Across The DRC Day 1

From the second we move away the border, the road is barely a road. It’s really more of a walking / motorbike track. The track is so overgrown I am scraping through brush on both sides, and almost tear off a front fender when I hit an unseen log. Trying to find a better way, I soon put the Jeep in a ditch, and continue to struggle to find something that resembles the right way.

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Slick clay made for some interesting climbs

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Temporarily in the ditch

We are so unsure we drive around in circles for a while, and I get out and walk down numerous paths, trying to find the biggest one, or the one that maybe goes somewhere. In another tiny village I tape and zip tie the fender back on, and a young boy jumps in for the ride. He absolutely assures me this is the correct path down to the main road, and so we bump along.

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Repairing the front fender with gorilla tape and zip ties

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Repairing the fender in a typical DRC village

I eventually ask him more than ten times if this is the right way, and every time he says yes. The path is so small and so overgrown I struggle to see how anyone has driven a 4×4 here in years, and the single-track down the middle confirms most traffic is motorbike. At times we drive right through the middle of little villages – all wide open and airy and immaculately clean.

After many hours of bumping along this tiny track, we finally come out in a slightly bigger town, apparently on the main East/West Road. Almost instantly a crowd of children run out and surround the Jeep, jumping up and and down and cheering excitedly.
Again, there is no trash at all, and everyone is smiling from ear to ear.

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The swarm of kids around the Jeep when I arrived at the more major road

The main road is certainly more of a road, though because it gets at least some traffic the mud pits are now deeper and even more churned up. Progress is extremely slow, and the sun continues to beat down long into the afternoon. After many hours, we still have not seen another vehicle in The DRC.

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A boy and his “toy car”

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The green hills are spectacular

We find a small side branch, and decide to camp a couple of hundred yards along it. Within ten minutes children materialize from nowhere and begin their staring ritual. Soon adults join in, and none of them stop staring until it is pitch black. Even when I try to satisfy their curiosity by prompting, and then answering their questions, they have no intention of leaving.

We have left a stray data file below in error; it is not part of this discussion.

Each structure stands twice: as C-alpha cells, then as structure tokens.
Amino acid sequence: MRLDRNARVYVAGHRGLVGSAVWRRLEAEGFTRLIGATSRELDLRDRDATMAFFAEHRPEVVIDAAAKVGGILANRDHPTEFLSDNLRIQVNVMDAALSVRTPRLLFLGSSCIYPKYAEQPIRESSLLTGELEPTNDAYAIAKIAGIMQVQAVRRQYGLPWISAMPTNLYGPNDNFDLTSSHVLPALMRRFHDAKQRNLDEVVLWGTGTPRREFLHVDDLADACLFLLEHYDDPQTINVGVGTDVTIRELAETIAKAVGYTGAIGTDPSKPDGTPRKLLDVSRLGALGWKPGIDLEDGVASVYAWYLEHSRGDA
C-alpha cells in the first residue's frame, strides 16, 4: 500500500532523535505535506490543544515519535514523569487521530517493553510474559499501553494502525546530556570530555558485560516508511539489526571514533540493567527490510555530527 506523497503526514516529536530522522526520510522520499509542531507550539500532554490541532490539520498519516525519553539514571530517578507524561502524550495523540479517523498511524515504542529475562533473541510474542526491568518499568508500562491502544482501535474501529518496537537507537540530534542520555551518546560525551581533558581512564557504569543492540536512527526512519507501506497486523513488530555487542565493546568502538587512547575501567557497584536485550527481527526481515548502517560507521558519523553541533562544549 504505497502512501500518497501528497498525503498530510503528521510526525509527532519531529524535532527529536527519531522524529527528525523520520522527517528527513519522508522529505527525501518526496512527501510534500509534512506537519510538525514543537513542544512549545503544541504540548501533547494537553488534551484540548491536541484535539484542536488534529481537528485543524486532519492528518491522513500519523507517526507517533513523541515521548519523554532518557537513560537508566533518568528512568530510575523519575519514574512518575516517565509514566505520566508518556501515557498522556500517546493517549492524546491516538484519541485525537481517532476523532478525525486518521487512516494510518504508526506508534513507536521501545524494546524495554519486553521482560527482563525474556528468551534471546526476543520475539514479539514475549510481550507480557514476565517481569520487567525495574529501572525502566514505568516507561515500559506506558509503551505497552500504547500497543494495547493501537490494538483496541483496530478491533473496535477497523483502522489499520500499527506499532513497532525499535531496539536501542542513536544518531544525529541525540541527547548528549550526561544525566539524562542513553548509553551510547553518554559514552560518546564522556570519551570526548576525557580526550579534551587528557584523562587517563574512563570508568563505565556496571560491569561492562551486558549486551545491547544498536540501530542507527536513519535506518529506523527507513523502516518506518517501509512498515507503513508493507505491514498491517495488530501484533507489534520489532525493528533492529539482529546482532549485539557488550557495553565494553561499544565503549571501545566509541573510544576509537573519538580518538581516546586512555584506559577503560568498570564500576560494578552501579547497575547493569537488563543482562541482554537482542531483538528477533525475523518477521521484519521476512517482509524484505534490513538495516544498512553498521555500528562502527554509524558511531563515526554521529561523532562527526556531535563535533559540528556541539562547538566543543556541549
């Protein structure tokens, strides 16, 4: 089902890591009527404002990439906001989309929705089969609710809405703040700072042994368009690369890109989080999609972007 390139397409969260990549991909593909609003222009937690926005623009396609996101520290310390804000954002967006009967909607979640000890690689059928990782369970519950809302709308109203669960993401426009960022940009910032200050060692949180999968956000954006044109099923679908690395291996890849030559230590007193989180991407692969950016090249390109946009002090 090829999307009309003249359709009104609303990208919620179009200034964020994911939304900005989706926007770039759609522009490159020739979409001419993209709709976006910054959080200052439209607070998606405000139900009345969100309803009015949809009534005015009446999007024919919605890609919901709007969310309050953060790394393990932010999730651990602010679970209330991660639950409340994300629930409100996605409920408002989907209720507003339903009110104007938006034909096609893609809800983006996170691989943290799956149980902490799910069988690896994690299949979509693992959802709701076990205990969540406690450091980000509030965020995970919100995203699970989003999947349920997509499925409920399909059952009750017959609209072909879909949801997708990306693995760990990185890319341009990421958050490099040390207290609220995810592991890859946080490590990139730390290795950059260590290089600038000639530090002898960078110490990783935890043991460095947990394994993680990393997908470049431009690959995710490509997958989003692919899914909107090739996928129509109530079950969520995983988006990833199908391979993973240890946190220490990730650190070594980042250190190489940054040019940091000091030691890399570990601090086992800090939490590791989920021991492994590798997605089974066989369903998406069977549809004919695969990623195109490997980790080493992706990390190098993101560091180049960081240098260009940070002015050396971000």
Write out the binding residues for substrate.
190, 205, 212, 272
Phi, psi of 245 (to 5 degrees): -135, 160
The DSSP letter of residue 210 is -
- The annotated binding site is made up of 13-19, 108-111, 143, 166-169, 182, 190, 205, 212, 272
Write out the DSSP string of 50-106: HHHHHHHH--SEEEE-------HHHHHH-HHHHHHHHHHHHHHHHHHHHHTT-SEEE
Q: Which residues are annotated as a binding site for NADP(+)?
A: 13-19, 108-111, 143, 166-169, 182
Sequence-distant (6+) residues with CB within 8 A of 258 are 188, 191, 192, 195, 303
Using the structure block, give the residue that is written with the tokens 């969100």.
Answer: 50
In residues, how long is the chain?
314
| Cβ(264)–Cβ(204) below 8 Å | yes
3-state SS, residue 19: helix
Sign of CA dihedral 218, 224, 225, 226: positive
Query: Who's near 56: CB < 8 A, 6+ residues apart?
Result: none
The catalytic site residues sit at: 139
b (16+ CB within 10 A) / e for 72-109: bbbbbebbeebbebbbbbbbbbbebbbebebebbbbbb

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The BFG KO2s are handling the mud with ease!

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Transferring gas from the Titan tank into the main tank, with my audience

After a beautiful sunset of boiling clouds, it is still staggeringly hot and humid when I lie down and attempt to sleep.

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Sunset is gorgeous


3 Responses

  1. Ghafari says:

    Well done so Dan – so exciting.
    Am planning a similar trip next year around June and am quite not settled yet on the car that I will take but it will be something like Nissan X-trail. I don’t think it will go through this terrain and i’d love to avoid it by any means. Was there any other “paved’ route you could have taken? or this is the only one?

    • Dan Grec says:

      Hi Ghafari,

      There is another option yes. From Pointe Noire in the Congo you go South into Cabinda (part of Angola.) from there you go into the DRC on what I am told are good gravel roads, then back into mainland Angola. You can cross the Congo River on the bridge in Matadi.
      The only tricky part of this is you must get a multiple entry visa for Angola. It’s possible (I got one) but you MUST make sure you get one!


  1. October 3, 2017

    […] interesting in a few places, and I just about tore one of the fenders right off. Read more here: The scenery here in the DRC is absolutely stunning – completely unexpected! Also, I finally […]

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